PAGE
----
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Sunday 15 September 2019
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Local entrepreneurs create photo sharing app

The TapTag team, Keenen Charles and Anikha Achee, present their idea at the Challenge Cup Regional in New York earlier this month.

Keenen Charles and Anikha Achee are the duo behind “TapTag” (taptagit.com), an app available for Android phones that allows users to leave behind pictures in locations for others to find. Through the use of the TapTag app, persons can snap pictures of their adventures and fun memories. When others with the app come along, they are able to see and unlock the memories left behind – allowing for a sharing of time and space amongst travelers and locals alike.

Both Keenen and Anikha have backgrounds in computer science, with Anikha saying they’ve also dabbled in marketing. “When we first started UWI, there was a competition to build a game and we ended up in the same group,” says Keenen of how the two first met. He adds that they worked well together and had a lot of ideas to bounce off each other.

“Eventually, we came to a very early form of what TapTag is now,” he continues, explaining how the app evolved from air messages (leaving notes, reminders, moments, and experiences) to what the app has become today – an interactive way of sharing multimedia that is uniquely characteristic of its user but can also transcend the experiences of others.

At present, they have over 1,000 app users on Android phones. Their niche market includes persons who travel often or have moved to new cities, but they also hope that everyday adventure seekers can find entertainment through the app’s experience.

In January of this year, the duo was successful in the Challenge Cup-Caribbean, an annual, international incubator and venture fund that facilitates global competitions and opportunities for startup businesses. Hosted by the Caribbean Returning Nationals Foundation (CRN) and 1776 Challenge Cup, the Caribbean leg of the Cup saw a sleuth of budding Caribbean startups pitch their business ideas that promised to solve major challenges of our time.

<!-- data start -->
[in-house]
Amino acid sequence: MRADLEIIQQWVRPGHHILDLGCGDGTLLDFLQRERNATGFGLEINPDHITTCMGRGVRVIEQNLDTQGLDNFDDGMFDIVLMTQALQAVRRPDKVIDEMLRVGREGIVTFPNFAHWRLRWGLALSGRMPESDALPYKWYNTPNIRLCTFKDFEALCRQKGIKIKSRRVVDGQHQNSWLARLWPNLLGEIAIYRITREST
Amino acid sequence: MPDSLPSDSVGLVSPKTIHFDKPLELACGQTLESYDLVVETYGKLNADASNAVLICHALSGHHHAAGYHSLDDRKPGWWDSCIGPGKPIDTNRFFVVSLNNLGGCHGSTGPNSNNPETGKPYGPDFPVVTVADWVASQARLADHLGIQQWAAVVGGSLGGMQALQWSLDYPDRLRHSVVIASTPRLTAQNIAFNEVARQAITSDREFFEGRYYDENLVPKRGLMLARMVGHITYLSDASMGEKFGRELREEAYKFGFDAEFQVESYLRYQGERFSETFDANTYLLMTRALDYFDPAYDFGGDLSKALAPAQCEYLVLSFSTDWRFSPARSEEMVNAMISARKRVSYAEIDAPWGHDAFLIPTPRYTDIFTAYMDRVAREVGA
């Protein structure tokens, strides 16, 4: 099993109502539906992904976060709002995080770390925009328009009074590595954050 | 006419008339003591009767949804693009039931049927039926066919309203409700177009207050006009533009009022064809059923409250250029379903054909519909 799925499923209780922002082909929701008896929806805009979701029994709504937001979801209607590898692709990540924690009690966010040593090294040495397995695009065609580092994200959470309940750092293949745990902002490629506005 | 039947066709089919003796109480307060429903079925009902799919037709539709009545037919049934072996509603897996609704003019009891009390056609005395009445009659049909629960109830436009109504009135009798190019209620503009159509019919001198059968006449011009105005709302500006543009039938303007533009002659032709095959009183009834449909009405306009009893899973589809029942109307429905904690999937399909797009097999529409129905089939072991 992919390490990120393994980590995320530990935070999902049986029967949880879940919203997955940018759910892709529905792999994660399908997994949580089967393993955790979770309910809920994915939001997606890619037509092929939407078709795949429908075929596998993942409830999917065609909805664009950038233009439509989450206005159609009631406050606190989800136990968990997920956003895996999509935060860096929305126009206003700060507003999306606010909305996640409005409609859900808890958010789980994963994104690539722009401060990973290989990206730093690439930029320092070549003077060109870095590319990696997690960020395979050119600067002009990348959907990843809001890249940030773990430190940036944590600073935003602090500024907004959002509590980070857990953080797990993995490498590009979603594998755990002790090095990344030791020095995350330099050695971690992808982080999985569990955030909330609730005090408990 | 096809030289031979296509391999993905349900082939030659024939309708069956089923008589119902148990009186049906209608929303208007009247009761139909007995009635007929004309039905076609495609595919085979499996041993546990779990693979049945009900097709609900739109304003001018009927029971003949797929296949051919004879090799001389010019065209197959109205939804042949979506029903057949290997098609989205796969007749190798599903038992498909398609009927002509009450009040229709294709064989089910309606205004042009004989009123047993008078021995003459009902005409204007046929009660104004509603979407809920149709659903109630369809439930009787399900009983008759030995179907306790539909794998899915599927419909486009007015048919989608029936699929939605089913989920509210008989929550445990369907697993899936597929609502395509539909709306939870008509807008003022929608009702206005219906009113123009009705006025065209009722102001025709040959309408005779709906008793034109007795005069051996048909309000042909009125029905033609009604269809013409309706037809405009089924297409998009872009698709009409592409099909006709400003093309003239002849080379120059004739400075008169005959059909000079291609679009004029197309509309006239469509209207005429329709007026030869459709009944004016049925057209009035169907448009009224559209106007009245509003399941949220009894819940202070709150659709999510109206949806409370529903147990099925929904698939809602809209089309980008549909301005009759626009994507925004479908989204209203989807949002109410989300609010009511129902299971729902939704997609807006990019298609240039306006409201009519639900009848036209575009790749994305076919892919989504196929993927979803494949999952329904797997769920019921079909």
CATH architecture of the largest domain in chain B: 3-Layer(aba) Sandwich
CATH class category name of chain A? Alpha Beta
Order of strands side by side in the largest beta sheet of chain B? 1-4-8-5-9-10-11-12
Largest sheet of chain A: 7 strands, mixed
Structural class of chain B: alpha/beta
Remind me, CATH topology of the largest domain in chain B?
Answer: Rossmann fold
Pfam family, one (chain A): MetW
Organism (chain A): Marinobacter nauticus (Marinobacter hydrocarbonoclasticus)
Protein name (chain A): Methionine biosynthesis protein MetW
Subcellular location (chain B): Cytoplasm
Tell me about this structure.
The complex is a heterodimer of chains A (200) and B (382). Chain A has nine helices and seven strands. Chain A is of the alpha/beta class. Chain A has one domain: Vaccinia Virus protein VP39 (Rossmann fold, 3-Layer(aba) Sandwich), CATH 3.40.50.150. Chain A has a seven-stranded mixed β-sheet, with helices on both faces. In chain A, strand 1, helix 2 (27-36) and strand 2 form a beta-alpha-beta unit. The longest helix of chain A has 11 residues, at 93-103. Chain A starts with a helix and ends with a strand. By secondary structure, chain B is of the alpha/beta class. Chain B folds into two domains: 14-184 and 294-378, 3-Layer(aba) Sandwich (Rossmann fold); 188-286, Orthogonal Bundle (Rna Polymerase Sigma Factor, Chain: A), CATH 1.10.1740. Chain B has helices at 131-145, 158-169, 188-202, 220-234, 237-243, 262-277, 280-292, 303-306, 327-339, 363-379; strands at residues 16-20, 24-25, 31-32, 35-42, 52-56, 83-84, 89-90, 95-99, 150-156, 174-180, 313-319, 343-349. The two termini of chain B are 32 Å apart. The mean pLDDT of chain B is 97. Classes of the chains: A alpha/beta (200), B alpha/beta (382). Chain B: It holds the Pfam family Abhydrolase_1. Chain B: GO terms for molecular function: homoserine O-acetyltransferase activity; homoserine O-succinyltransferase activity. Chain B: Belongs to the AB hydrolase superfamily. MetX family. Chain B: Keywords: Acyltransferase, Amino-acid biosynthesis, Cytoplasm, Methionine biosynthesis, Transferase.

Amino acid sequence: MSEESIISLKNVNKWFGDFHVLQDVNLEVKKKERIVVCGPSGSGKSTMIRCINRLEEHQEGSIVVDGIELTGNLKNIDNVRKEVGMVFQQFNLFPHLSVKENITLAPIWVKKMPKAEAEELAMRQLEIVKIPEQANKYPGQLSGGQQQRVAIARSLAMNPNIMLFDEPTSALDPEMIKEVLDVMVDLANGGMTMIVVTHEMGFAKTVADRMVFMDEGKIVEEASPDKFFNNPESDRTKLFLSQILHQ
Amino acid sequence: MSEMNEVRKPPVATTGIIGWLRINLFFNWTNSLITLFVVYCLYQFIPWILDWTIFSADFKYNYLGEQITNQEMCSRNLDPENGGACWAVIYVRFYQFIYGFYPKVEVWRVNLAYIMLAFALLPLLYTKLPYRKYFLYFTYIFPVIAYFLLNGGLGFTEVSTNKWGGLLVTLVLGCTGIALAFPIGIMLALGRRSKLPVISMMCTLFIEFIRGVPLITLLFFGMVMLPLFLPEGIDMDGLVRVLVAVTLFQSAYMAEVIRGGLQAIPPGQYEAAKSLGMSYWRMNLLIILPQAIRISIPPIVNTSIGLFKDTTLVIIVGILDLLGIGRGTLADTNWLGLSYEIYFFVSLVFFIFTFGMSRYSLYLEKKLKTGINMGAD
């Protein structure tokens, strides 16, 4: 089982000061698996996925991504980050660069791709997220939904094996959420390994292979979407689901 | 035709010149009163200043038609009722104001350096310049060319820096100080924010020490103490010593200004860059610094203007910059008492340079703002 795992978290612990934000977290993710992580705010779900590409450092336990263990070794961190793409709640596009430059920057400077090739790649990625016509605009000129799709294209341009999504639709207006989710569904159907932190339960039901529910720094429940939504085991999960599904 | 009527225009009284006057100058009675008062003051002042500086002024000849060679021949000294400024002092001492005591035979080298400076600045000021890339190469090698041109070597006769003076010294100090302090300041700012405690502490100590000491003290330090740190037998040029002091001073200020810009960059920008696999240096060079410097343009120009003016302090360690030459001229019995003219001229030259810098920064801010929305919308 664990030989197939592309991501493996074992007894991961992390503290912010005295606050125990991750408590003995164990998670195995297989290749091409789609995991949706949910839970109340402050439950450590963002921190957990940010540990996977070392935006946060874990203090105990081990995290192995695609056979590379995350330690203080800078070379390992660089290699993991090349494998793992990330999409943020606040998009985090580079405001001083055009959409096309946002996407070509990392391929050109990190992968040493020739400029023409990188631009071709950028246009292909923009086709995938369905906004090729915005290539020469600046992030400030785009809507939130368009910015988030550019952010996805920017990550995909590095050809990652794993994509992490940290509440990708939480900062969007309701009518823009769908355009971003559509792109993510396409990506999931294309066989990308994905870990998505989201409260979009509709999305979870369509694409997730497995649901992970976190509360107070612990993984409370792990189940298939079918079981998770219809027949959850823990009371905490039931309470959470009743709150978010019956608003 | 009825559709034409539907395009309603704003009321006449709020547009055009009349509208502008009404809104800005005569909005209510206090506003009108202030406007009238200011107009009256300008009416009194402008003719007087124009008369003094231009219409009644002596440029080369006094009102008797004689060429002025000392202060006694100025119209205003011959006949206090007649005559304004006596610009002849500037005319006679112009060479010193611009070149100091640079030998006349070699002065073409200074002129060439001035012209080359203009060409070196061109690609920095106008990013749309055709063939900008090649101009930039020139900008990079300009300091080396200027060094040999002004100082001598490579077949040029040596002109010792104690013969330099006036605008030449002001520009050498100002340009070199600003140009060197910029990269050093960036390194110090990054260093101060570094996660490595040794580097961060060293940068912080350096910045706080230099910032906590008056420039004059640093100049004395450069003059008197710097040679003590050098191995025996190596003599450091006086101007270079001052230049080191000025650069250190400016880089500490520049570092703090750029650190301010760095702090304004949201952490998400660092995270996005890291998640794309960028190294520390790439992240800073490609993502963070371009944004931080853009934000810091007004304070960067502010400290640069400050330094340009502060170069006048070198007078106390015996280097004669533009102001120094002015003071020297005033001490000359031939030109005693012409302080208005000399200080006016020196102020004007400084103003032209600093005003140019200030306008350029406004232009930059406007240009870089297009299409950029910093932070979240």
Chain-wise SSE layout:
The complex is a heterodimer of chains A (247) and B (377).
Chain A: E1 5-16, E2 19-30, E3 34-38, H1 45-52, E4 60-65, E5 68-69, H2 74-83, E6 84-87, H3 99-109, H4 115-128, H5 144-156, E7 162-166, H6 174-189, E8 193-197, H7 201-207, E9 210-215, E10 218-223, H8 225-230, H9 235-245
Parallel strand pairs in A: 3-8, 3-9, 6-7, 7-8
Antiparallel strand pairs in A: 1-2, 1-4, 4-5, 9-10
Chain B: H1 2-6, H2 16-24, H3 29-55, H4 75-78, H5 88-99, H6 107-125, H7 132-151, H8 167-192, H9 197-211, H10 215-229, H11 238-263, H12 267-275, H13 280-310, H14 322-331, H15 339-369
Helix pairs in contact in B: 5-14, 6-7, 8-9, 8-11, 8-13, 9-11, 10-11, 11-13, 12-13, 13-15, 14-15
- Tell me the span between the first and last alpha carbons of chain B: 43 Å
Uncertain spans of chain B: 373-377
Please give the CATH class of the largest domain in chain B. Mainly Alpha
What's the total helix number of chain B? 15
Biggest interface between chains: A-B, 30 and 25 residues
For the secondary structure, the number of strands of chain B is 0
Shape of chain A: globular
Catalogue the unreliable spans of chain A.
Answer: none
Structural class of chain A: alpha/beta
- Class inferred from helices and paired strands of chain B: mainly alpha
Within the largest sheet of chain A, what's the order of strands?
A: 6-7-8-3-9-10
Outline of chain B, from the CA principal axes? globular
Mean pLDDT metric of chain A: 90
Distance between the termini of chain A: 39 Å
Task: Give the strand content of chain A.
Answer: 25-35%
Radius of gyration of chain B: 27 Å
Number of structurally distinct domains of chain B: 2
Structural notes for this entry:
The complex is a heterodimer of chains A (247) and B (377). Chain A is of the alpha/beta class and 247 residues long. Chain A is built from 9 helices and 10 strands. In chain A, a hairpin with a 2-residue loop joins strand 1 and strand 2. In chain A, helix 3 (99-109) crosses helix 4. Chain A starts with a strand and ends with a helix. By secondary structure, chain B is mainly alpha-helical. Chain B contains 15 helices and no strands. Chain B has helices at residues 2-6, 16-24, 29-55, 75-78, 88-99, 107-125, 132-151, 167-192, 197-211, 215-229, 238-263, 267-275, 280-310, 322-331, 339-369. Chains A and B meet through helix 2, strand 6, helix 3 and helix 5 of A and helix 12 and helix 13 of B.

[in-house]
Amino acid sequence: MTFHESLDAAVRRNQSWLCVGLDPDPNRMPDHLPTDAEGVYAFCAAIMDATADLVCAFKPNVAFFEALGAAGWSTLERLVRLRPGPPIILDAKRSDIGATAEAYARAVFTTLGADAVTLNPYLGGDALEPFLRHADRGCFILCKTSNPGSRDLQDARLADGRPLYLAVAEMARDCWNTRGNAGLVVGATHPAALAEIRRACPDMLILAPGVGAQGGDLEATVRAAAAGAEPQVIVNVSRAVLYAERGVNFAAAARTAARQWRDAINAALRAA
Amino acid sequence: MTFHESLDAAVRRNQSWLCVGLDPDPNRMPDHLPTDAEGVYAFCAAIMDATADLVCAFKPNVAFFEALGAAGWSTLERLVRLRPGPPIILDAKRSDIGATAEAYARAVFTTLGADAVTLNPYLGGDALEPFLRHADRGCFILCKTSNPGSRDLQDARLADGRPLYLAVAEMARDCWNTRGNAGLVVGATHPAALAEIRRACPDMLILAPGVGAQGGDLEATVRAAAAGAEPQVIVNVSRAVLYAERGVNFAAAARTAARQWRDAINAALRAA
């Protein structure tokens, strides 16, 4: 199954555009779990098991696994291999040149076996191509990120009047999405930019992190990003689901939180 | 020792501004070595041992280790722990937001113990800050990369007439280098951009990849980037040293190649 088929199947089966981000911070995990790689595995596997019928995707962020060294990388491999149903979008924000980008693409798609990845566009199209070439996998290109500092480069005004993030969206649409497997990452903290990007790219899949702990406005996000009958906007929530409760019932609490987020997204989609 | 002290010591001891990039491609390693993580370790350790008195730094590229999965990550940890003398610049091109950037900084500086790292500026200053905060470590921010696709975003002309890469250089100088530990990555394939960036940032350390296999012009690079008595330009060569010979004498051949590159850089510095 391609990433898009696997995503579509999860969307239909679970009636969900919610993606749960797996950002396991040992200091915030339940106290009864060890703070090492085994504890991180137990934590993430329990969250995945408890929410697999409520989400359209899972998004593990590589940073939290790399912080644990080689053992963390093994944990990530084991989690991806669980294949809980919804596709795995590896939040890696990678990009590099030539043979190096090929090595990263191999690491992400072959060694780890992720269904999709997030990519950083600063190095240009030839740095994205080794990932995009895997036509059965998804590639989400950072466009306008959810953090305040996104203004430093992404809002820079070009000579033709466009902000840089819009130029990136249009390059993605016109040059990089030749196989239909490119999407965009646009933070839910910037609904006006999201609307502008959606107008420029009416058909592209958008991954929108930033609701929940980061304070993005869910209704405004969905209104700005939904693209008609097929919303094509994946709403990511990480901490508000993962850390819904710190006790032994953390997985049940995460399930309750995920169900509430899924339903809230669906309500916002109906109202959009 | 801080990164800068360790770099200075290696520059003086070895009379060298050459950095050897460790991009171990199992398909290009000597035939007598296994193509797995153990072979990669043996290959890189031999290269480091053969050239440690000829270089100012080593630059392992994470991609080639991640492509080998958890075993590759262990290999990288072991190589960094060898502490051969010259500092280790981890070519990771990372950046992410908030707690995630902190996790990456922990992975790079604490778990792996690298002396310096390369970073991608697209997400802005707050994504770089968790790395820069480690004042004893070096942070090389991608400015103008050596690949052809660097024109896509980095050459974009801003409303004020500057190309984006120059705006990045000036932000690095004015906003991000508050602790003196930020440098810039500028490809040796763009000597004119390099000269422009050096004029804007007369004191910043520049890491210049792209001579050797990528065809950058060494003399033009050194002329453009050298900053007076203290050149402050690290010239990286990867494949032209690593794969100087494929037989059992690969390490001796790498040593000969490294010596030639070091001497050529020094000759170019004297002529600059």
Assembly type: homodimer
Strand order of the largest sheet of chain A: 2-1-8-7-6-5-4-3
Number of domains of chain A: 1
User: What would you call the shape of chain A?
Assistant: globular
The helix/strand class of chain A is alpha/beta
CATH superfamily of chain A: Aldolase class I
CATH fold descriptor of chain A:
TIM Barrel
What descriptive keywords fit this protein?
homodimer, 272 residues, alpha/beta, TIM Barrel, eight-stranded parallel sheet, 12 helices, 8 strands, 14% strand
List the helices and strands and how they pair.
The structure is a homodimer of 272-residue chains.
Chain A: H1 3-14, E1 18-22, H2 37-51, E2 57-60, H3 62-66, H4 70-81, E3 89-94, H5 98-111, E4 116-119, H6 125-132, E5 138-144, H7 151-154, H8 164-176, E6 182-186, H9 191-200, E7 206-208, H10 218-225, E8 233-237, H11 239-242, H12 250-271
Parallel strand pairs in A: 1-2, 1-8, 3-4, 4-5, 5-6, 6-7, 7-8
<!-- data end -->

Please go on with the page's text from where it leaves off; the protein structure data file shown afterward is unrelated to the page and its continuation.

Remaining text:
The vying startups had to pitch a business plan to a panel of judges, highlighting the ways in which their business was scalable on a global platform, and the overarching betterment of such a business to society as a whole.

Keenen and Anikha were chosen as one of three Caribbean startup businesses that represented our region in the Regional leg of the Challenge Cup in New York earlier this month. The lead up to their pitch in New York included many mentoring sessions facilitated by the CRN.

“We met with a lot of mentors from the Caribbean, most from Trinidad, some from Jamaica,” says Anikha on the advice they received before heading to the US to further pitch their business model. She says the area they have the least expertise in – marketing – was their biggest challenge to overcome. While the development of the app comes almost second nature to them, spreading the word and getting app users is an area they are most willing to learn about.